nep-ifn New Economics Papers
on International Finance
Issue of 2022‒10‒17
six papers chosen by
Vimal Balasubramaniam
University of Oxford

  1. Perceptions about Monetary Policy By Michael D. Bauer; Carolin Pflueger; Adi Sunderam
  2. Effect of Macroprudential Policies on Sovereign Bond Markets: Evidence from the ASEAN-4 Countries By Joshua Aizenman; Gazi Salah. Uddin; Tianqi Luo; Ranadeva Jayasekera; Donghyun Park
  3. Liquidity derivatives By Bagnara, Matteo; Jappelli, Ruggero
  4. Long-Run Trends in Long-Maturity Real Rates 1311-2021 By Kenneth S. Rogoff; Barbara Rossi; Paul Schmelzing
  5. Dollar Reserves and U.S. Yields: Identifying the Price Impact of Official Flows By Rashad Ahmed; Alessandro Rebucci
  6. Deflationary financial shocks and inflationary uncertainty shocks: an SVAR Investigation By De Santis, Roberto A.; Van der Veken, Wouter

  1. By: Michael D. Bauer; Carolin Pflueger; Adi Sunderam
    Abstract: We estimate perceptions about the Fed's monetary policy rule from micro data on professional forecasters. The perceived rule varies significantly over time, with important consequences for monetary policy and bond markets. Over the monetary policy cycle, easings are perceived to be quick and surprising, while tightenings are perceived to be gradual and data-dependent. Consistent with the idea that forecasters learn about the policy rule from policy decisions, the perceived monetary policy rule responds to high-frequency monetary policy surprises. Variation in the perceived rule impacts financial markets, explaining changes in the sensitivity of interest rates to macroeconomic announcements and affecting risk premia on long-term Treasury bonds. It also helps explain forecast errors for the future federal funds rate. We interpret these findings through the lens of a model with forecaster heterogeneity and learning from observed policy decisions.
    JEL: E03 E4 E42 E44 G12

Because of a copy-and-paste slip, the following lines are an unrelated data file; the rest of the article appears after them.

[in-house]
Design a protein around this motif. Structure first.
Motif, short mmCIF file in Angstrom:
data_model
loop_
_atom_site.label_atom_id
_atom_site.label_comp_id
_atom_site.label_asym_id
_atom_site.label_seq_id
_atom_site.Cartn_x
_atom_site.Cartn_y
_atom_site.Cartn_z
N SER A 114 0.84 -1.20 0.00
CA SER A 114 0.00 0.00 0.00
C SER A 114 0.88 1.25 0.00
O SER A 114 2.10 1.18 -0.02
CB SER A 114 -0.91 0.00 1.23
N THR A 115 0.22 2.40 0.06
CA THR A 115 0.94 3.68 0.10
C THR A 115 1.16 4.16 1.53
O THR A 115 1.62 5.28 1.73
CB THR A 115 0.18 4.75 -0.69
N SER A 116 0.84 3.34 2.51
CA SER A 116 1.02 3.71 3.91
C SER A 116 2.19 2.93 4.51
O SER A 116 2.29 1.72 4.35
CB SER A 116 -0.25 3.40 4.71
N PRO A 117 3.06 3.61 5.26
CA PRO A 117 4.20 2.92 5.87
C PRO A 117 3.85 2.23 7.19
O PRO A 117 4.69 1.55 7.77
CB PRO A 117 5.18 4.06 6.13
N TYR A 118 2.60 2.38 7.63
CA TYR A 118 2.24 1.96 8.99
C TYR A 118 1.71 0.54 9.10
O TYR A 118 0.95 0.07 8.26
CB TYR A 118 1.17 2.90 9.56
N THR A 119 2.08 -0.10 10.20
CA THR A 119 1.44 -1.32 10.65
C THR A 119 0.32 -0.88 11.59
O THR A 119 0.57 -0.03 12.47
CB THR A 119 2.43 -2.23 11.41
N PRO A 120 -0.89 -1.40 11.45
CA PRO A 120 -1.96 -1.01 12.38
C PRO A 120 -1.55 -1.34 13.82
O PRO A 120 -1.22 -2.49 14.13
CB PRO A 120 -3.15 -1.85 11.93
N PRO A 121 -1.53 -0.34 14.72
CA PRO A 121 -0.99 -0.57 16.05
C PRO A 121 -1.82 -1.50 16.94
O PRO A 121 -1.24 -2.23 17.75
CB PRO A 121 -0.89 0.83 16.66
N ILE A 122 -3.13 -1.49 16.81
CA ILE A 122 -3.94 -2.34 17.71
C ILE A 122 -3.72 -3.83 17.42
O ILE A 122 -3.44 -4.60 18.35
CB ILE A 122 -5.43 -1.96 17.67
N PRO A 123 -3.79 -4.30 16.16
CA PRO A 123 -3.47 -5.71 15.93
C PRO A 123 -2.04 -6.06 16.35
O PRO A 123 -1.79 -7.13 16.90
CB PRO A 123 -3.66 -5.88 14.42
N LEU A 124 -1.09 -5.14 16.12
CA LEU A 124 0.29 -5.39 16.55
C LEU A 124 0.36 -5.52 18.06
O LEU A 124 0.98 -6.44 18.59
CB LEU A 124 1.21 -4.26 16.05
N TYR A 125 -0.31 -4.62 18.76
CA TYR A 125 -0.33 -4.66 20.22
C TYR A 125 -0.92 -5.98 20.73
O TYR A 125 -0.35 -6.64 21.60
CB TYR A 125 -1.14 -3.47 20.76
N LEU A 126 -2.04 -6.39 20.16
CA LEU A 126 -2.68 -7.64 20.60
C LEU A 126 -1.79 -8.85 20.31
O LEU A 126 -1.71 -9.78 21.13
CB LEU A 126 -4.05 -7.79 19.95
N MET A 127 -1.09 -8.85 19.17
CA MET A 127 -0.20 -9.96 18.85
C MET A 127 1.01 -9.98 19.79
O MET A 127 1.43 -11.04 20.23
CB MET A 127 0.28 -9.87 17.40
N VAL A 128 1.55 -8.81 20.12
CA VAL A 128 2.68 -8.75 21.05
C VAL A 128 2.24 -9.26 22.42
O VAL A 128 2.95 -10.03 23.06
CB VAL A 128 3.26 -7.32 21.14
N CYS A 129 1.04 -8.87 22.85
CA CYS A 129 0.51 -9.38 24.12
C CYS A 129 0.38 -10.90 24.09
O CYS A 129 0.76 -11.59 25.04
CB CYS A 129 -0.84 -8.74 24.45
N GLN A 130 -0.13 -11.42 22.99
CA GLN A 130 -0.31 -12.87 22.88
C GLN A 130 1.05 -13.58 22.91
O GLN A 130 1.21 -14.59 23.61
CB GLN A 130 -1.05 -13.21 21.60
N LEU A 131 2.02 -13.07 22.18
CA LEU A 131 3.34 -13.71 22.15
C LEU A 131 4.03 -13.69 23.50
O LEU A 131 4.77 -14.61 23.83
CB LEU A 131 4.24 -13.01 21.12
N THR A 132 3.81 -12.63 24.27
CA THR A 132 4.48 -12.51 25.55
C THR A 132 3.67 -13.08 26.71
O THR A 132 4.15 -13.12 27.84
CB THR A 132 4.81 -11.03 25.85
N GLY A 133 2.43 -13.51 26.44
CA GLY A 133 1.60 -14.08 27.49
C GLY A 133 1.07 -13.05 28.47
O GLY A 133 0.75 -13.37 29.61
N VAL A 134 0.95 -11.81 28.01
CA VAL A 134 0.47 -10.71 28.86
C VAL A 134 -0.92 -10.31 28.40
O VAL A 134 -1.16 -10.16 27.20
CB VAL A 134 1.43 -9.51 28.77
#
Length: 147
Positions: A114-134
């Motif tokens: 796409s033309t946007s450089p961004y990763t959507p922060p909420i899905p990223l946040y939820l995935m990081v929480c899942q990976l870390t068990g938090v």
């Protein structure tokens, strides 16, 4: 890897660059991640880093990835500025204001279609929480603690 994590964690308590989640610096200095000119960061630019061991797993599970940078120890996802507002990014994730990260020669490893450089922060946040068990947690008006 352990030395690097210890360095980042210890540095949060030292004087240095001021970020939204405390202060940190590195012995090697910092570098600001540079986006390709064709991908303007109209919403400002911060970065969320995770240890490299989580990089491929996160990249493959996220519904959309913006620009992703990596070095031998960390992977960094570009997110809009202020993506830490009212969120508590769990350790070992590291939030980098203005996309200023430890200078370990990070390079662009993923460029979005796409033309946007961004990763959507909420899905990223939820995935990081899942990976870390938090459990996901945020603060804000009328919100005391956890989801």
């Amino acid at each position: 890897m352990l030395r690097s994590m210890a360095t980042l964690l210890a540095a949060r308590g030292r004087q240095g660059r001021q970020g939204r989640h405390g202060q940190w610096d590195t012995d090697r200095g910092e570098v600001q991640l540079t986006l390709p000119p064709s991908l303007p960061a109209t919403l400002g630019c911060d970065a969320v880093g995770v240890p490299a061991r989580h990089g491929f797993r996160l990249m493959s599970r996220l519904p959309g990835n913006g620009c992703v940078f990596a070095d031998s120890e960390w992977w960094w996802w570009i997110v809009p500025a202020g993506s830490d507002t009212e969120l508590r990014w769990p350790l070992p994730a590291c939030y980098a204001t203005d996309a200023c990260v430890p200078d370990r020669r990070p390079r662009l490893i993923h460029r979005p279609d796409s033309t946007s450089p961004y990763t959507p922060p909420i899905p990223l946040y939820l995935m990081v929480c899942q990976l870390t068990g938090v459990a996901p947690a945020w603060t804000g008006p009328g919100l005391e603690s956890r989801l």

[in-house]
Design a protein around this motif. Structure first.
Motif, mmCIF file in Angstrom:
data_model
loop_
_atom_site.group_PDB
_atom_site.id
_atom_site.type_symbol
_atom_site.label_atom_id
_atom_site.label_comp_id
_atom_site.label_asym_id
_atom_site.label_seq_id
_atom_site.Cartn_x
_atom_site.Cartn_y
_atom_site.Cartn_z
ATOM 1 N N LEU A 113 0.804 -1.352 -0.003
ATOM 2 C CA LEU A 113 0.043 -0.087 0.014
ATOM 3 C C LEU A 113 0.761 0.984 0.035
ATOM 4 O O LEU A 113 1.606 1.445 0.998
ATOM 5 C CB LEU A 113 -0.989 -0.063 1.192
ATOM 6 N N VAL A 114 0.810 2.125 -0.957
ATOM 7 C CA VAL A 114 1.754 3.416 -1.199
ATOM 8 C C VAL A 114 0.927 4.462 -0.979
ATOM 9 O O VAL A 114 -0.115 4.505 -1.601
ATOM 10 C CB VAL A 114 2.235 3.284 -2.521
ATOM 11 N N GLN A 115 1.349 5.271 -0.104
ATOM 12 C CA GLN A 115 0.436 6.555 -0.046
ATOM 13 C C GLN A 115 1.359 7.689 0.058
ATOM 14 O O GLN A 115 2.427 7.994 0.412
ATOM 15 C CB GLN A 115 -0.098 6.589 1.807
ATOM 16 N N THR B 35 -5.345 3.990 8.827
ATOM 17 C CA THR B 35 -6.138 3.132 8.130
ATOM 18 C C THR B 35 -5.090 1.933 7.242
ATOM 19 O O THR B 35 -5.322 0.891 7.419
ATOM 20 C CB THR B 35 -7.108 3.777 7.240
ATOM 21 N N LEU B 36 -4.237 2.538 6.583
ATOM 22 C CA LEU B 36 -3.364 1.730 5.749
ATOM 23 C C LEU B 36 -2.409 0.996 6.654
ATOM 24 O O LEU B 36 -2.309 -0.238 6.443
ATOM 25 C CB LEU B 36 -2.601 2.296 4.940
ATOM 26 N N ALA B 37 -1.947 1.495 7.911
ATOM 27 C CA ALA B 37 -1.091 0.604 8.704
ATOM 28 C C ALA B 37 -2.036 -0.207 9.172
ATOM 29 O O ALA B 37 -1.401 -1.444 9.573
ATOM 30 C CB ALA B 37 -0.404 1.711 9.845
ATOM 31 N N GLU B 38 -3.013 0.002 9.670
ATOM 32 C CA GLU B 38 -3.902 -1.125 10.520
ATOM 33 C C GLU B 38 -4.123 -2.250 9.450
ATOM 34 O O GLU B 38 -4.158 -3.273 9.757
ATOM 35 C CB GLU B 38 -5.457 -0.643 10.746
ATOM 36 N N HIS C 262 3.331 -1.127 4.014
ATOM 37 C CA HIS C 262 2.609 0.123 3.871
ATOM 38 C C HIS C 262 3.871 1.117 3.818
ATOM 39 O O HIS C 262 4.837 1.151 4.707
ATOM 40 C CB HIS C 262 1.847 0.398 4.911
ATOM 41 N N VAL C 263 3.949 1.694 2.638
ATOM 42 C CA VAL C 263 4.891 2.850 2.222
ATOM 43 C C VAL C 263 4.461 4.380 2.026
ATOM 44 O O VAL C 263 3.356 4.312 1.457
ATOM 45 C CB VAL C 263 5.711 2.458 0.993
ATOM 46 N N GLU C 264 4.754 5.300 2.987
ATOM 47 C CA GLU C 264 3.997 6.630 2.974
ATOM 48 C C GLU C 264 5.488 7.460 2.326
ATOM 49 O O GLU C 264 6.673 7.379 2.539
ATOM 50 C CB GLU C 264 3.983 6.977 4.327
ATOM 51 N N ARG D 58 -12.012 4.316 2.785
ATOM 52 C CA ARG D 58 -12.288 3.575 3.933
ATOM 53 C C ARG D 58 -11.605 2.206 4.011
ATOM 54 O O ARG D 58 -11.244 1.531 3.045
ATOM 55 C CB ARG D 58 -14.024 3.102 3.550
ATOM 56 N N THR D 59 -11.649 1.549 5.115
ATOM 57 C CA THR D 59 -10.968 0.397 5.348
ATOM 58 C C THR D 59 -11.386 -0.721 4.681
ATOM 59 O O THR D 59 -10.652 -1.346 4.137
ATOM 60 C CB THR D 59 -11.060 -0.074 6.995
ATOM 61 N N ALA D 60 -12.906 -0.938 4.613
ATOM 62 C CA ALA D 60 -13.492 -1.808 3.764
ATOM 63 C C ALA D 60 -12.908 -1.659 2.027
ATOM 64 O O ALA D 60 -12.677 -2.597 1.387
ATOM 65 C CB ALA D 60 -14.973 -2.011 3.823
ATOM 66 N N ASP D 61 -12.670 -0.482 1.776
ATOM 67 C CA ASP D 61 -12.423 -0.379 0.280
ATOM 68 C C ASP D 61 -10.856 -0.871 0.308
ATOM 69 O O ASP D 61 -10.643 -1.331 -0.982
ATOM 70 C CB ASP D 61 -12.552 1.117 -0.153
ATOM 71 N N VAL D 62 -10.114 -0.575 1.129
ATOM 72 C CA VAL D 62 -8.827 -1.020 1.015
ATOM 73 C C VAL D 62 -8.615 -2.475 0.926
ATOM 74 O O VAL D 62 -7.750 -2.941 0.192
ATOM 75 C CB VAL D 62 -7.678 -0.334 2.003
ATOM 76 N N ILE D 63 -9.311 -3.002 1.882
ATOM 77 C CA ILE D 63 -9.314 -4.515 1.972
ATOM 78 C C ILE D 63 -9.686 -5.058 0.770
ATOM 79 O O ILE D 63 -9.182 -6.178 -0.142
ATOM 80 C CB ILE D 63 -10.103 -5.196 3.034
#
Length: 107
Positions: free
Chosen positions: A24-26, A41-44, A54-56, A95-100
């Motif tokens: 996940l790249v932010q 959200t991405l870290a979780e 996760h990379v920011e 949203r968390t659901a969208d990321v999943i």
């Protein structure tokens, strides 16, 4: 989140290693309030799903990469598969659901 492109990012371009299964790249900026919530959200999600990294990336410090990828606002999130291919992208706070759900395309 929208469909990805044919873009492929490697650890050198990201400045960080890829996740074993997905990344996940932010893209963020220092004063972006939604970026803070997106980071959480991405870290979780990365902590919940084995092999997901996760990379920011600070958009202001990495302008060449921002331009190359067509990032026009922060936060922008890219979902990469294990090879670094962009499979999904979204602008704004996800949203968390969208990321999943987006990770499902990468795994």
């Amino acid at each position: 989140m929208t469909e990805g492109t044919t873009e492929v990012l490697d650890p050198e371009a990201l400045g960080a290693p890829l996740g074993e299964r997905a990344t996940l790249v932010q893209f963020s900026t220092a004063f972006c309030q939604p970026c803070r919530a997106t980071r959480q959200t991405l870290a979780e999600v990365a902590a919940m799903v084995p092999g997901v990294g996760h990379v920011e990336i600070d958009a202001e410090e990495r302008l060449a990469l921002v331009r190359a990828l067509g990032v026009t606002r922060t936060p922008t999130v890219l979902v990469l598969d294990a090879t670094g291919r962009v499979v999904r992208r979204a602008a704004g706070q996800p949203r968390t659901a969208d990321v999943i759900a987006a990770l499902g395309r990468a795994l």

Date: 2022–09
  2. By: Joshua Aizenman; Gazi Salah. Uddin; Tianqi Luo; Ranadeva Jayasekera; Donghyun Park
    Abstract: This paper examines whether prudential policies help to reduce sovereign bond vulnerability to global spillover risk in ASEAN-4 countries (Indonesia, Malaysia, the Philippines, and Thailand). We measure sovereign vulnerability within a risk connectedness network among sovereign bonds. The direct effect is that markets with tighter prudential policies have significantly smaller spillovers from the Treasury yield shocks of other regional and global economies. The sum of indirect and direct effects indicates that prudential policies reduce sovereign spillover risk in the long term. These findings suggest prudential policies have dual efficiency in sovereign risk regulation and Treasury internationalization.
    JEL: E52 E58 F42
    Date: 2022–09
  3. By: Bagnara, Matteo; Jappelli, Ruggero
    Abstract: It is well established that investors price market liquidity risk. Yet, there exists no financial claim contingent on liquidity. We propose a contract to hedge uncertainty over future transaction costs, detailing potential buyers and sellers. Introducing liquidity derivatives in Brunnermeier and Pedersen (2009) improves financial stability by mitigating liquidity spirals. We simulate liquidity option prices for a panel of NYSE stocks spanning 2000 to 2020 by fitting a stochastic process to their bidask spreads. These contracts reduce the exposure to liquidity factors. Their prices provide a novel illiquidity measure reflecting cross-sectional commonalities. Finally, stock returns significantly spread along simulated prices.